It's pretty straightforward to you or I what is considered a chain, but do you know what qualifies as being a chain from a technical perspective in this context?
 

freerunr

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Feb 7, 2013
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I was following up on this part specifically....

So maybe more than one location is enough for Google to consider a brand a chain? It makes me even more curious about this question, because now it's not obvious to me what a chain is:
... and it looks like this tweet in that thread makes that part moot, so thank you for pointing that out! But what's strange about the way it's phrased is that it looks like it's non-chains that the feature was intended for.... but maybe I'm just looking too closely into the sentence structure of that response :)
 

NiQ

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Joined
Sep 2, 2019
Messages
2
Hi all,

I just stumbled upon this forum by searching for an answer to the subject of this conversation.
Decided to join in, it looks like a nice place and nice folks. :)

I did a bit more digging, and thought I'd share my findings.

I think that understanding the roles available to the users of GMB will help understand the verbiage. It's essentially a CMS, like WordPress or Drupal, with the user roles defined and the way the programmers create a language built around those roles.

Check out this page :
It includes the comparison table of the capabilities of each role.

There are 3 roles: The Owner, The Manager and The Site Manager.
Only the Owner can invite new users (managers and site managers).

There is only one primary owner, but there can also be several secondary owners.

The Manager has the same privileges as an owner, except that s/he is not able to close the account and invite new users. The Site Manager is a step down from a Manager.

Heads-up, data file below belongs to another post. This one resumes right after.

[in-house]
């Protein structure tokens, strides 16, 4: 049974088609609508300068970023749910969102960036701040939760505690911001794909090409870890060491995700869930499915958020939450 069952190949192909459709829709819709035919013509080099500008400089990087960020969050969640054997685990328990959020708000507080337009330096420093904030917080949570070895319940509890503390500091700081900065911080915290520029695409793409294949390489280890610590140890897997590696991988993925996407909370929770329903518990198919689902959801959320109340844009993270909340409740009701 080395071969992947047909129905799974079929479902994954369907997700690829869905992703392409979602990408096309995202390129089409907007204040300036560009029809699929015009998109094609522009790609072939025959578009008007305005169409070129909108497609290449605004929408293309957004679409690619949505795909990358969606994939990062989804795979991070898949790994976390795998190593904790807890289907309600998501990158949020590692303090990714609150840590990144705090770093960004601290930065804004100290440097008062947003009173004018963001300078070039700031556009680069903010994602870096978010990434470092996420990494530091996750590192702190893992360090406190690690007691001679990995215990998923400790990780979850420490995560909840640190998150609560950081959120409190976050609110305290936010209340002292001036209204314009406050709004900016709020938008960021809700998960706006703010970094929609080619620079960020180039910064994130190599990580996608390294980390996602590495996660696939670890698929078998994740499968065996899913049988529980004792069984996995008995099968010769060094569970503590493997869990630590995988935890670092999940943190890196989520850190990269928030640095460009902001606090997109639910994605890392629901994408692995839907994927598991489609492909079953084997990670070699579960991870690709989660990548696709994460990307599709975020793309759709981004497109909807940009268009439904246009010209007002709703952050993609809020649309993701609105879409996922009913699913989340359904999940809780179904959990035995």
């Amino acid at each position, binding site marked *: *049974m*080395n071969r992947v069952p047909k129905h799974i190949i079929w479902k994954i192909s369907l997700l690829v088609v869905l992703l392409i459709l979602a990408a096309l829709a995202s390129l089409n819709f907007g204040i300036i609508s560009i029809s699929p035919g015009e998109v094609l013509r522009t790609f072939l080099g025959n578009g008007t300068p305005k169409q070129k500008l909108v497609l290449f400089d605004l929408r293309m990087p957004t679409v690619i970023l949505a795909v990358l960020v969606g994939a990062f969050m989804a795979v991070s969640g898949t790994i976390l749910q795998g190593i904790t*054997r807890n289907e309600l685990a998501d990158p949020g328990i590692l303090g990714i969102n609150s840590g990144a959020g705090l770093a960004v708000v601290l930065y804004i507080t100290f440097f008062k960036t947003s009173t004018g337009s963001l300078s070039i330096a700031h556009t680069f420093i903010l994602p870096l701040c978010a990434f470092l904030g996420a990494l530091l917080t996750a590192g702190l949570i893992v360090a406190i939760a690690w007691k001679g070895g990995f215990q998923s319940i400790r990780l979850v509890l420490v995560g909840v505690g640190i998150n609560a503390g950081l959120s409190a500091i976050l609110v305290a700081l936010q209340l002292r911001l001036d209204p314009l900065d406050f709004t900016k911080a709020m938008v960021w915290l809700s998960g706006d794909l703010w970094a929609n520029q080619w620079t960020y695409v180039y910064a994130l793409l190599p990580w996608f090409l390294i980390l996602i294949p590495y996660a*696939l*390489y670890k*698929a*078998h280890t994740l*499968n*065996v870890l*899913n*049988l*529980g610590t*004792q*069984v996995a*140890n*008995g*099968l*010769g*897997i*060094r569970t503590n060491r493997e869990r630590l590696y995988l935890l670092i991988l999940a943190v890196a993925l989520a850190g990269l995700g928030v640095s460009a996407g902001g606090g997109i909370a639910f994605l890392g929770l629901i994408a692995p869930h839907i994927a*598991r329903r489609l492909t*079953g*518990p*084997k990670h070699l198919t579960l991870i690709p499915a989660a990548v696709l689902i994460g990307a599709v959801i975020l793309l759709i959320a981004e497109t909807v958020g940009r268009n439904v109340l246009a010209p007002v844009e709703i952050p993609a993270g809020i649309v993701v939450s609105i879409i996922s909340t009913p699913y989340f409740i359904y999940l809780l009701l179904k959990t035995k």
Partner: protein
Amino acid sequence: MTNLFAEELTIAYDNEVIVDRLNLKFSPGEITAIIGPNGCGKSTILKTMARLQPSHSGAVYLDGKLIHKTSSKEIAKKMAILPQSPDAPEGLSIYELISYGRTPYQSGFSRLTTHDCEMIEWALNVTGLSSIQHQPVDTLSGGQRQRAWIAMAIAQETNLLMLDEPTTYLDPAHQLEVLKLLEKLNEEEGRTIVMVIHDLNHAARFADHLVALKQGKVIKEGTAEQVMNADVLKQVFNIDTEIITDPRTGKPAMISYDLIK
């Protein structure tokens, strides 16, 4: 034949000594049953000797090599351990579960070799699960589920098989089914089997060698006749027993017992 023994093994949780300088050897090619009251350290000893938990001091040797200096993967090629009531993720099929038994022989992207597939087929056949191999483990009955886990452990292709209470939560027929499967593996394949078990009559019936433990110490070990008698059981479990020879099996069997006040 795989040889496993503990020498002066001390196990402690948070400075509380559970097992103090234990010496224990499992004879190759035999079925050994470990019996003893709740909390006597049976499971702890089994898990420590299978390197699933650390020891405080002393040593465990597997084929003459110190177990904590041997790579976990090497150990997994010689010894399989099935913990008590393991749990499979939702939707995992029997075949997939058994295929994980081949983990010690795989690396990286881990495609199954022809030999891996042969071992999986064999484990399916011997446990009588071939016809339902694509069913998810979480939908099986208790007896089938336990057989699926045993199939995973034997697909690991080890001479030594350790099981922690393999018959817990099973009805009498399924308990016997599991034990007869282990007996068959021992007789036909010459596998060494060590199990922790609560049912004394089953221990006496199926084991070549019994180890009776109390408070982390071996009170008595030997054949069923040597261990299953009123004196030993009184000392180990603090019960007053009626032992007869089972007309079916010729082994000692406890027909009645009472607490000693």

Now, as a few people have pointed out, if a business has several locations and not every location has a Manager assigned to it, then the phrase/link will say 'Manage this listing?'.
If a listing has no Owner assigned, then it will say 'Own this business?'.

Understanding the roles also helped me (I think), understand some other verbiage used by Google. In some places, the phrases like 'Someone has a location' was totally baffling to me, until I understood that only an Owner can 'have' a location.
The other roles can only 'manage' a location. Maybe I'm wrong here.

So, it's actually a very precise language, but I think it presupposes the understanding of the underlying roles/privileges structure.


NiQ
 

freerunr

Member
Joined
Feb 7, 2013
Messages
78
Welcome, @NiQ! Interesting thoughts. I went back and looked at some examples I provided earlier in the thread to check the logic you pointed out.

1. In an instance where "Manage this listing" was available, upon selecting that, it brought me to the screen to complete a verification. If that page already had an owner, would it really ask for that?
2. In another instance where "Manage this listing" was available, I began the process of trying to acquire access by starting at business.google.com, then selecting the existing listing from the dropdown. It then brought me to a screen that I have not seen before:



I did not finish the process by selecting "Manage now" because I don't really want to manage the page :)

Also, when you refer to "Someone has a location," in what situations is that a reference to (ie, where do you see that exact verbiage?)?